Is there gold in Ko’s future?
RIO DE JANEIRO — Golf being a game for a lifetime, Lydia Ko could be excused for never having made an ace. She’s just 19, remember.
Then again, she has won 14 times on the LPGA Tour. She is the youngest player to win two major championships. She is the No. 1-ranked player in the world.
And she’s never had a hole-in-one?
That changed for Ko on Friday in the third round of the women’s Olympic golf tournament. And what a time to do it. Ko holed a 7-iron shot from 140 yards at the par-3 eighth hole to help her shoot 29 over the first nine holes and finish with a 65 that vaulted her into contention for Olympic gold.
In blustery conditions that became more pronounced in the afternoon, Ko’s score was the best of the day and moved her up 20 spots into a tie for second, 2 strokes behind South Korea’s Inbee Park.
“To do that at the Olympics, it doesn’t get any better than that,” said Ko, who is from New Zealand. “But to put myself back into good position going into tomorrow, I think was a job well done going forward.”
Ko’s exploits help set up what could be a potentially blockbuster final day for Olympic golf, which will get started earlier than usual due to expected bad weather Saturday afternoon. A two-tee start will begin at 6 a.m. ET with Ko’s final pairing going off at 7:39 a.m. ET.
She will be in that final group with Park, 28, who spent a good bit of time at No. 1 in the world and has 17 LPGA Tour titles, including seven major championships. A thumb injury has kept her from performing at her best this year, but Park has responded nicely during the Olympics, shooting scores of 66-66-70 to position herself for a gold medal.
Joining them in the last group will be American Gerina Piller, who has never won on the LPGA Tour but has played inspired golf this week. At a Tuesday news conference, Piller got emotional just talking about the idea of getting on the medal stand. Now, after a third-round 68, she could be just a day away.
And that is not to count out the likes of Shanshan Feng of China or Charley Hull of Great Britain or a couple of other South Koreans: Amy Yang and In Gee Chung. They are all within striking distance of a medal, potentially even gold.
All of that seemed unlikely for Ko after a lackluster start to the tournament. The pre-Olympics favorite, Ko opened 69-70 and trailed Park by 7 shots.
But the New Zealander got hot on the first nine Friday, making birdies at the first, fifth and sixth holes before her ace at the eighth. She then struck her approach to 3 feet at the ninth for another birdie and an outward nine of 29 strokes.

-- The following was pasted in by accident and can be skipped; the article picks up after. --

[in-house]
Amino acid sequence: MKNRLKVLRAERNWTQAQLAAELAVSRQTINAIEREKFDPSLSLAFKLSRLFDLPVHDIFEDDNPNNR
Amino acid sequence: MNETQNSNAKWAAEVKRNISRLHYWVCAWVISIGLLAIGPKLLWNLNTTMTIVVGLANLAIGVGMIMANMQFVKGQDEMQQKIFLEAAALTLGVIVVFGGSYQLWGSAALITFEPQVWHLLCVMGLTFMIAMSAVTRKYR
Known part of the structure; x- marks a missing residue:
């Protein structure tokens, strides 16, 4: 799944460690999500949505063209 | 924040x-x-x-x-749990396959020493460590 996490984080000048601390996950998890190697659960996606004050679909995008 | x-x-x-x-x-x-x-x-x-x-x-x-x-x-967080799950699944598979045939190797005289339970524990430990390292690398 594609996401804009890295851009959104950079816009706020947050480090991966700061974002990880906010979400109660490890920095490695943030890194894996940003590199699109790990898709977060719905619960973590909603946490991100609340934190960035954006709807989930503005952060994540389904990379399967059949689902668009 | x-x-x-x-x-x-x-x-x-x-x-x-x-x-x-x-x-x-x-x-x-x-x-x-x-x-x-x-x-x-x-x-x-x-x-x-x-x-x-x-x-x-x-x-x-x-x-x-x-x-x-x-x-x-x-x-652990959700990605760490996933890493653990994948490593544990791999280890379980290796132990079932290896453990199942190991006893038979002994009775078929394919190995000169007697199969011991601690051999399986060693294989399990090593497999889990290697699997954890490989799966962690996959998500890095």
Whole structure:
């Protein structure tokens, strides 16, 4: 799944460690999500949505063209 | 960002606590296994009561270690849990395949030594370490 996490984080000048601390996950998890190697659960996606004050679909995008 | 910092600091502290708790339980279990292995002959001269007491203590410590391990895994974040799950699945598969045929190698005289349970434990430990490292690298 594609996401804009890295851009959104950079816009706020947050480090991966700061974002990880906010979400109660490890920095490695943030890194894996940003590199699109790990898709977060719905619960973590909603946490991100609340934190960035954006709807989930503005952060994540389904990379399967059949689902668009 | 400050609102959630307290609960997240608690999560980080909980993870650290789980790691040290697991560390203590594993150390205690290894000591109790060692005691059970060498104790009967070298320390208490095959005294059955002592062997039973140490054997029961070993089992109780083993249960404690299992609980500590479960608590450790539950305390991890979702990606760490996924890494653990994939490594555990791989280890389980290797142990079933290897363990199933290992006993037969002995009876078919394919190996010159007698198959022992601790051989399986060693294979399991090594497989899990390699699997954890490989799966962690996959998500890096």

The hole-in-one was her first anywhere, somewhat surprising given her success around the world to this point.
“I was just [recently] talking to someone and I said, I’ve actually only made a fifth of a hole-in-one because I made a hole-in-one for a double[-bogey] in a practice round, so I really can’t count it,” said Ko, meaning that she had hit two balls in a hazard before holing the third for a 5.
“This is the first one in practice rounds or tournaments included, and I almost didn’t know how to react. Because it’s the first one and the wind is blowing and I haven’t had the best of luck when it comes to hole-in-ones.
“I would have loved to, like, done a dance or jumped up and down, but in that situation, I think I was almost trying not to cry, and then I realized, hey, I’ve got 11 more holes, get out of it.”
Ko then made nine straight pars to close out her round in some of the toughest conditions. That put her in the last group for Saturday’s final round. In Round 3, Ko hit 15 of 18 greens in regulation.
“I see a girl who is way beyond her years,” said Paul McGinley, the 2014 European Ryder Cup captain who has served as a team leader for the Irish golfers the past two weeks; he watched Ko on Friday while she played with Ireland’s Leona Maguire.
“She’s very mature as a golfer and in control of her game. She understands her game, her swing, and she is very proficient at her craft. And she stays in her own mindset. Doesn’t play anybody else’s game. Doesn’t get caught up in the emotions of a good hole, bad hole. And as I say, a girl who seems to be very mature as a golfer.”
Those attributes have served Ko well in an amazing career as a teenager, one that has a chance to get even better Saturday.
“Ever since ’09, I was only 12 then, I’ve imagined myself to be able to represent New Zealand at the Olympics,” Ko said. “To be here and especially on the first day, the first hole, I almost needed to pinch myself if I was really here in Rio and really competing in the Olympics.
“To be able to stand on that podium, it’s almost more than what you would imagine. Yesterday, New Zealand had five athletes who got to stand on the podium and I said, ‘Wow, what a feeling it would be to put my contribution and stand on the podium for New Zealand, too. Just start imagining and dreaming about it.’
“But you never know with the game of golf. Things can change so quickly.”